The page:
This is truly one of a kind artistic design and apart from using it even only looking at it is a pleasure to the eye. But when it comes to functionality I will not be able to say the same. But the menus are very intelligently designed in a very minimalist but in a very efficient way. I think this menu design should set an example to other manufacturers as well. The image quality, loyalty of colors to the original (real) situation and sharpness is examplary. The in-camera "Black and white" ...

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  • SergeyMS, Nov 6, 2012 GMT:
    Must have

    I am very impressed by quality of pictures and by convenience of use, as well as by quality of finishing and design. Absolutely perfect, to my opinion and experience. It is true example of high art of camera design. Quality of image on ISO 1600 is very good. Very easy to set up any mode - minimum menus and settings required. Problems: Only con - auto ISO setting does not work properly.

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  • tboylee, Jun 16, 2012 GMT:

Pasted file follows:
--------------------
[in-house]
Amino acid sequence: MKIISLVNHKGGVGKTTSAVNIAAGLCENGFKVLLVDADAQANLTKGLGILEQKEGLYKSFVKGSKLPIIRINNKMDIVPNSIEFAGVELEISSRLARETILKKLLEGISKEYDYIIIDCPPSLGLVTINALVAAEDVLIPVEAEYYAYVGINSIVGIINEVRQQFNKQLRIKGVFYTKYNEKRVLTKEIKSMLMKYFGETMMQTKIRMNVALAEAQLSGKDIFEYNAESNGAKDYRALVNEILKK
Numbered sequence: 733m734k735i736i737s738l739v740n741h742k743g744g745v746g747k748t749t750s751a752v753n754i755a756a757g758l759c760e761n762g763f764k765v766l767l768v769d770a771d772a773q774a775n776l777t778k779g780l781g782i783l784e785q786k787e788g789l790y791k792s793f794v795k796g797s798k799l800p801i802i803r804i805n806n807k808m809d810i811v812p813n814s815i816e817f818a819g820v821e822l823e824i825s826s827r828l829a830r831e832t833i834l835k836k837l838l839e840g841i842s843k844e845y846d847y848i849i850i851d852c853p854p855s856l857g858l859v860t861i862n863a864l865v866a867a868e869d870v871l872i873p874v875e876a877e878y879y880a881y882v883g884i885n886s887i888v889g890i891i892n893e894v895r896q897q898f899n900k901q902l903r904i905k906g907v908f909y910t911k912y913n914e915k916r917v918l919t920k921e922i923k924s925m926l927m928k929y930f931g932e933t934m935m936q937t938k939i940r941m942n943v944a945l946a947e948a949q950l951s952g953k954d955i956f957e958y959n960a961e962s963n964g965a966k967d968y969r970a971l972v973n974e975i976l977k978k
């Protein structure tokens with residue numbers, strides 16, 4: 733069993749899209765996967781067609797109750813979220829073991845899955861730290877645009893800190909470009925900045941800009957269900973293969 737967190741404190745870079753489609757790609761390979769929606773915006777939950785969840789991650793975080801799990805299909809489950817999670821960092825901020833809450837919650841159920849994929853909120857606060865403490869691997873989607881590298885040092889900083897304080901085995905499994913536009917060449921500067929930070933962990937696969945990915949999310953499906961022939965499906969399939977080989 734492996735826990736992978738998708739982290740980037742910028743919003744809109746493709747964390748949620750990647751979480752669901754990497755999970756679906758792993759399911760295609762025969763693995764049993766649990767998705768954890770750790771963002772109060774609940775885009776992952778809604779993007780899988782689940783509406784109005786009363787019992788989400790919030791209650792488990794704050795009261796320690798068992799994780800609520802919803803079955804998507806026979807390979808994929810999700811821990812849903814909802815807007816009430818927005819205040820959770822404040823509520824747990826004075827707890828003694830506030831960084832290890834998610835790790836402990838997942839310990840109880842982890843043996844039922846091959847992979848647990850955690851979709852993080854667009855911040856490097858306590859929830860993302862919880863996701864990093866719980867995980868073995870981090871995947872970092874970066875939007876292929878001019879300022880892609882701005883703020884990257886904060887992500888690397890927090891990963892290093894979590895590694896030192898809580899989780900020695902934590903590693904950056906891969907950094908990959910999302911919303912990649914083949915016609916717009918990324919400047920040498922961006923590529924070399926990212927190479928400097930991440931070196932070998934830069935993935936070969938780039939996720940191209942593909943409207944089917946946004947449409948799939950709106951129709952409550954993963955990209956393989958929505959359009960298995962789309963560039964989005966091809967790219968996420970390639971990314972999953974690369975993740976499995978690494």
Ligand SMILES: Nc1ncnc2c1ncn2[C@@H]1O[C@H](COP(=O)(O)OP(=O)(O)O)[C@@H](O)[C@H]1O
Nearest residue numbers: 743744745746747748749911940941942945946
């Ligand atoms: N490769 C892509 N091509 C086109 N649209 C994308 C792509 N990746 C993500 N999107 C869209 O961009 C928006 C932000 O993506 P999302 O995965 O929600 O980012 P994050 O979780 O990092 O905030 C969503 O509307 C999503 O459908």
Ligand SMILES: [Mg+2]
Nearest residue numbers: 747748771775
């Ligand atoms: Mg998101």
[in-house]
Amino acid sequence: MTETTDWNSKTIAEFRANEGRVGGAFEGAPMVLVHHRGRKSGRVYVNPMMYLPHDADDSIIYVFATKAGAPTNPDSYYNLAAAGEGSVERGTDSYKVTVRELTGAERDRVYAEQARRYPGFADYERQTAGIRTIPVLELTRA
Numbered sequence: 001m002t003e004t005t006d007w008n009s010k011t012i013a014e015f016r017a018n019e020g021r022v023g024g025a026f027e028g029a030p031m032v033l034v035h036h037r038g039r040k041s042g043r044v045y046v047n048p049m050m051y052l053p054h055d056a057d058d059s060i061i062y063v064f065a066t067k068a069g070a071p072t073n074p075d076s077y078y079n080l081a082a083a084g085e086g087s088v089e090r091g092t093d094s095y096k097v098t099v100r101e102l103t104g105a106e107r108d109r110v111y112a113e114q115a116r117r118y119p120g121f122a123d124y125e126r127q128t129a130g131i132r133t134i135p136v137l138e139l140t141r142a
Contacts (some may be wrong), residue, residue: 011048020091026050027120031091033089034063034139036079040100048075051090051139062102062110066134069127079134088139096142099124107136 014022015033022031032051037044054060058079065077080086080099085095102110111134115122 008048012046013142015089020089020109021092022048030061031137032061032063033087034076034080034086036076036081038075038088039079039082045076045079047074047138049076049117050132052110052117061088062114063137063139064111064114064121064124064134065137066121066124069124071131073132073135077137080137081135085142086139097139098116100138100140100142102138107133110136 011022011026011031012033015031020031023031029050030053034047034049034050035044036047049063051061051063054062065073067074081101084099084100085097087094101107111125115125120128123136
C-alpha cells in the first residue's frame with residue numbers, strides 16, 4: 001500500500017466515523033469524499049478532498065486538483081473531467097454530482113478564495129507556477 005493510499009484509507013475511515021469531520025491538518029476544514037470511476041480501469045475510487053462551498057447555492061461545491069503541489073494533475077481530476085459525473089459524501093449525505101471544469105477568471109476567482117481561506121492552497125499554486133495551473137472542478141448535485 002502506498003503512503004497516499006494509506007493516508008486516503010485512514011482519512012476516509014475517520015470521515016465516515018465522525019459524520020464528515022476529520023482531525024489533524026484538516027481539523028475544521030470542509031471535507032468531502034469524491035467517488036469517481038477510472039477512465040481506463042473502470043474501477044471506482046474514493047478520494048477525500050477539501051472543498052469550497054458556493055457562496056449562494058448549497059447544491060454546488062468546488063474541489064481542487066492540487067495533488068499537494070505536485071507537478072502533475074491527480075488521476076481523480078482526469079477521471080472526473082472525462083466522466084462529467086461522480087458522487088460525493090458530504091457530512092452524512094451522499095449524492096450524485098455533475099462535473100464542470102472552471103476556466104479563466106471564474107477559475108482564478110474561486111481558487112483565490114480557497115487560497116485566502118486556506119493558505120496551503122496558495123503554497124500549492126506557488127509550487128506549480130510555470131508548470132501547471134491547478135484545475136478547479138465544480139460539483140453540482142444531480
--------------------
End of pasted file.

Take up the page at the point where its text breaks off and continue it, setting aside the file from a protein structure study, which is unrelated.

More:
x1 but better

    this camera is basically an x1 but better, i loved the image quality on the x1...on the x2, leica fixed all major problems with the x1

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Questions & Answers


New Sony Vaio/Windows8 has color issues...problem for editing

I just ordered and received a brand new Sony Vaio E series, 14 inch laptop, windows 8.  I customized this laptop with everything I could need in order to edit with lightroom.  So it has a 1TB hard drive, 16GB (8gb x2) DDR3-1600MHz RAM, AMD Raedeon HD 7670M (2GB) hybrid graphics, and 3rd gen Intel Core i7-3632QM quad-core processor. When I pulled up some photos that I had just recently edited, I compared them side by side between my ipad and the new laptop.  The colors on the laptop appeared washed out.  The colors weren't vibrant and there was hardly any contrast and the blacks that were enhanced in my photo were gone. It also appears to have a color tint other than what I edited for. so I'm at a loss as to what to do to get the colors to appear 'normal' as they would have on my old laptop with windows vista/7.  Any help is greatly appreciated....and soon! So I'll know if I need to send this thing back or not.